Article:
George W. Bush proclaimed two very different monuments in 2006, the hundredth anniversary of the Antiquities Act. African Burial Grounds National Monument is a tiny archeological site in New York City. Northwestern Hawaiian Islands National Monument protects roughly 140,000 square miles (36,000 km²) of the Pacific Ocean — larger than all of America's national parks combined.[1] George Walker Bush (born July 6, 1946) is the 43rd and current President of the United States and a former governor of Texas. ... African Burial Ground National Monument at Duane and Elk Streets in Lower Manhattan (New York City) preserves a site containing the remains of over 400 Africans, buried during the 17th and 18th-centuries. ... The Northwestern Hawaiian Islands National Monument is the largest Marine Protected Area in the world. ...


Presidents have used the Antiquities Act's proclamation authority not just to create new national monuments but to enlarge existing ones. A few examples: Franklin D. Roosevelt significantly enlarged Dinosaur National Monument in 1938, Lyndon B. Johnson added Ellis Island to Statue of Liberty National Monument in 1965, and Jimmy Carter made major additions to Glacier Bay and Katmai National Monuments in 1978. Dinosaur National Monument is a U.S. National Monument located on the southeast flank of the Uinta Mountains on the border between the American states of Colorado and Utah at the confluence of the Green and Yampa Rivers. ... 1938 (MCMXXXVIII) was a common year starting on Saturday (link will take you to calendar). ... LBJ redirects here. ... Ellis Island, at the mouth of the Hudson River in New York Harbor, was at one time the main immigration port for immigrants entering the United States in the late 19th and early 20th centuries. ... Liberty Enlightening the World, commonly known as the Statue of Liberty, is a statue, given to the USA by France in the late 19th century, that stands at the mouth of the Hudson River in New York Harbor as a welcome to all: returning Americans, visitors, and immigrants alike. ... 1965 (MCMLXV) was a common year starting on Friday (the link is to a full 1965 calendar). ... The area around Glacier Bay in southeastern Alaska was first proclaimed a U.S. National Monument on February 25, 1925. ...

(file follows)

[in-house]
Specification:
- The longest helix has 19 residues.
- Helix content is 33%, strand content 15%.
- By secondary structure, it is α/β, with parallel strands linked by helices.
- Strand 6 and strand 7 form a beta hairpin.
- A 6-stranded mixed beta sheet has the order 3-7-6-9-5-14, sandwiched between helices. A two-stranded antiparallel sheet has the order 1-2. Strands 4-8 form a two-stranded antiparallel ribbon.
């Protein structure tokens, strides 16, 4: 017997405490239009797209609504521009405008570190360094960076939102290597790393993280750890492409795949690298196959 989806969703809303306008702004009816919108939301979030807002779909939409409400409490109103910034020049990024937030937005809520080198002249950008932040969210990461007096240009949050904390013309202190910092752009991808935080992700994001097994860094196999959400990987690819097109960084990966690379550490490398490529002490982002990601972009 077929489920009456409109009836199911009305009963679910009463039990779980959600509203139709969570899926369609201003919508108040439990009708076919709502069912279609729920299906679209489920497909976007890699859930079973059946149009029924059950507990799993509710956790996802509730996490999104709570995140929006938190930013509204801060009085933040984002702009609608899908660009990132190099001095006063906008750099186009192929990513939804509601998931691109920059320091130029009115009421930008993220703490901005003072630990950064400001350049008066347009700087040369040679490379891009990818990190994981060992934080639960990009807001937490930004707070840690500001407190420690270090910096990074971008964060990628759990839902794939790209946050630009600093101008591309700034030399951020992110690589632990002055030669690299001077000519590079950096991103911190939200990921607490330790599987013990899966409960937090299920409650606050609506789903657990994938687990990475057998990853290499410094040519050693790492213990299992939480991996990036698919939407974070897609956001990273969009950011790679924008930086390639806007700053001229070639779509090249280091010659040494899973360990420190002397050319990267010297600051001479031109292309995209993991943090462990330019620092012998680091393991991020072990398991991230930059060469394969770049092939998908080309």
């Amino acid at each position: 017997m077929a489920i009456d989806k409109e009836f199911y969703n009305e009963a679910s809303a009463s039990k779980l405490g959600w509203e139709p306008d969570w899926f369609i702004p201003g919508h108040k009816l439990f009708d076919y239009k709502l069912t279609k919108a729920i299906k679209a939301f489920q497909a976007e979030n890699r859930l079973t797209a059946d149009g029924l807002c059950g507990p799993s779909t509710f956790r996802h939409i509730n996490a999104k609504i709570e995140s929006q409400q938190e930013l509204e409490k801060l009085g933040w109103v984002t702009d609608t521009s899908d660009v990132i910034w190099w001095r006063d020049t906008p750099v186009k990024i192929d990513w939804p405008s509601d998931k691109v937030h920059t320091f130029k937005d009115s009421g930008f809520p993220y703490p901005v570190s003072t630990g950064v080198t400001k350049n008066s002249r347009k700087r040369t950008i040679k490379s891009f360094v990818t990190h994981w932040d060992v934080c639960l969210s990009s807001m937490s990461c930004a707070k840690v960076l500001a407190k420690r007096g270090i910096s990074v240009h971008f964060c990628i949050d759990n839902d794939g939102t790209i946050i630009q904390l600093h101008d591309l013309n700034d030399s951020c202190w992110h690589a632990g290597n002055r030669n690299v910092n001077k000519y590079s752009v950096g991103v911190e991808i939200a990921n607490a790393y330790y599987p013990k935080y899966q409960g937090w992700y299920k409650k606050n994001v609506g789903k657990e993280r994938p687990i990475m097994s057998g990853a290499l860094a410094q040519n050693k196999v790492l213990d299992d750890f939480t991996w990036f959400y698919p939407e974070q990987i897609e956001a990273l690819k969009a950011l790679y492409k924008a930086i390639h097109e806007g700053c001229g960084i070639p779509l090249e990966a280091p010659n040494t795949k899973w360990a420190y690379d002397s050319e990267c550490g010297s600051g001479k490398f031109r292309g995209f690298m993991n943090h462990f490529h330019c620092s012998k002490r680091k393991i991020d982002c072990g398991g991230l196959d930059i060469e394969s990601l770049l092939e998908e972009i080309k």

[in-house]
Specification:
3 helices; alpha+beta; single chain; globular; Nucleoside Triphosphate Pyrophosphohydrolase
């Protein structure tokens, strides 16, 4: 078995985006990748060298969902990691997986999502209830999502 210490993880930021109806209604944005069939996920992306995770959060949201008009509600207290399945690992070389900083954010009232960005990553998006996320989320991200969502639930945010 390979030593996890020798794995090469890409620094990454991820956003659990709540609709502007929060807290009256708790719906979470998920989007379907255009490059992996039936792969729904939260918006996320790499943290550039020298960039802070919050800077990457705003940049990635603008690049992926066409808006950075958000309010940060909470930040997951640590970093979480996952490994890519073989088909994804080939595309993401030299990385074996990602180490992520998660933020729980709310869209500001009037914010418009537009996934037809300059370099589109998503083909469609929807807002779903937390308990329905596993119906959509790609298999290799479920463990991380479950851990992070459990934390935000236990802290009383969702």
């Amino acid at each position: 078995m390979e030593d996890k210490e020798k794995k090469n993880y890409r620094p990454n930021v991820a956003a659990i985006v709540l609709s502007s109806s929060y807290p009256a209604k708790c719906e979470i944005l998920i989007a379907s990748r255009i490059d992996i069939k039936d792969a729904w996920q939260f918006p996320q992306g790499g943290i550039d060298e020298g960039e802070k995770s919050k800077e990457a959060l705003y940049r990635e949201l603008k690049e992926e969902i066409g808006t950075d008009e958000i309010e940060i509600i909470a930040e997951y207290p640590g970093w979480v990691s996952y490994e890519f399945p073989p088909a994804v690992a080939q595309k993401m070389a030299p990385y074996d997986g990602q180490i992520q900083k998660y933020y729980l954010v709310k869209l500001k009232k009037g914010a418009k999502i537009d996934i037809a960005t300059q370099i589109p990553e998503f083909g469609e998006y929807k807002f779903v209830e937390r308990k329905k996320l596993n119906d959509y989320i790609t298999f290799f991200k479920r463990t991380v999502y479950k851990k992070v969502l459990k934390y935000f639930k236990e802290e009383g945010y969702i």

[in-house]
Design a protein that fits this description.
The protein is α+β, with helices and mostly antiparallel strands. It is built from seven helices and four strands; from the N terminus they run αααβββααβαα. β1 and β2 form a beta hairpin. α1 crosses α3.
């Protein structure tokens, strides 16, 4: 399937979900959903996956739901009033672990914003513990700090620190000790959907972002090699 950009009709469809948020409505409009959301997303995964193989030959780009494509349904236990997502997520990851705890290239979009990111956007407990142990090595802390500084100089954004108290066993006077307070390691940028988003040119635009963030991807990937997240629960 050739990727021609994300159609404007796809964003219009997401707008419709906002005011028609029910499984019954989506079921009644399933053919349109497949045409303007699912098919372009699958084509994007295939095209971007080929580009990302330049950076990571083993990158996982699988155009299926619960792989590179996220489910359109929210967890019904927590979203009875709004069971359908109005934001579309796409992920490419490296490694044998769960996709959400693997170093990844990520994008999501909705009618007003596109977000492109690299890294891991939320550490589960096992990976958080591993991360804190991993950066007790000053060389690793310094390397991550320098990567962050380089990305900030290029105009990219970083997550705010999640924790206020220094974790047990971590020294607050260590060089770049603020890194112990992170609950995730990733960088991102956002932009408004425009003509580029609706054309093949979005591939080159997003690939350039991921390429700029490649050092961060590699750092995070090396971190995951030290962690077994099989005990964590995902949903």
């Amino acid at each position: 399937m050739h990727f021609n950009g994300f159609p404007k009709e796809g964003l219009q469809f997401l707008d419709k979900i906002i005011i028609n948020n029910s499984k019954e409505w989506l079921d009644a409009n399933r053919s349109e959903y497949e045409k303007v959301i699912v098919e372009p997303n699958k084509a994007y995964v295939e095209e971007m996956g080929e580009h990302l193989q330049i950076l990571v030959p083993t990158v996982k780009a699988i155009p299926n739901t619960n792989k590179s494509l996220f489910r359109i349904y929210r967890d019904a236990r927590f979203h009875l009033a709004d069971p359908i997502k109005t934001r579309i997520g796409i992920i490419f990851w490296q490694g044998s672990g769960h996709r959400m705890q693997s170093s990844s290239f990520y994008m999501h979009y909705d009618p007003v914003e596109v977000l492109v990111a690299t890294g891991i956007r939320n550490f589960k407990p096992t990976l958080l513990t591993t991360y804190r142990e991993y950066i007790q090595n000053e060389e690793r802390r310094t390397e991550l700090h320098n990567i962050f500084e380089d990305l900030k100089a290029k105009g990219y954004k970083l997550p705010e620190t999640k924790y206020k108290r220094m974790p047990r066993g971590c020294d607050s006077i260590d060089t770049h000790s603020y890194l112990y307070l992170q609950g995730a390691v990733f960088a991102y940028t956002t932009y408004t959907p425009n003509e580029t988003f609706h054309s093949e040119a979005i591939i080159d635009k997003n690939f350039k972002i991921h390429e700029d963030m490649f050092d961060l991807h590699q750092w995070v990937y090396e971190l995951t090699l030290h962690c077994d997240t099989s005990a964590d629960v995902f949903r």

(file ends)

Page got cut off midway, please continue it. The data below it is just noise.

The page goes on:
See also

This is a list of all the National Monuments in the United States. ... This is a list of all the National Forests and National Grasslands in the United States. ... The National Park System of the United States is the collection of physical properties owned or administered by the National Park Service. ... Four federal agencies of the United States government administer the U.S. Wilderness Areas, which includes 680 wilderness areas and 105,695,176 acres (427,733 km²). These agencies are: United States Forest Service United States National Park Service United States Bureau of Land Management United States Fish and Wildlife... Most U.S. public lands fall into the categories of national park, national forest, wilderness area, United States National Monument, or are managed by the Bureau of Land Management. ...

References

  • National Monument Proclamations under the Antiquities Act (public domain text)
  • Congressional Research Service (CRS) Reports regarding National Monuments
  1. ^ Joshua Reichert and Theodore Roosevelt IV. Treasure Islands. Retrieved on June 15, 2006.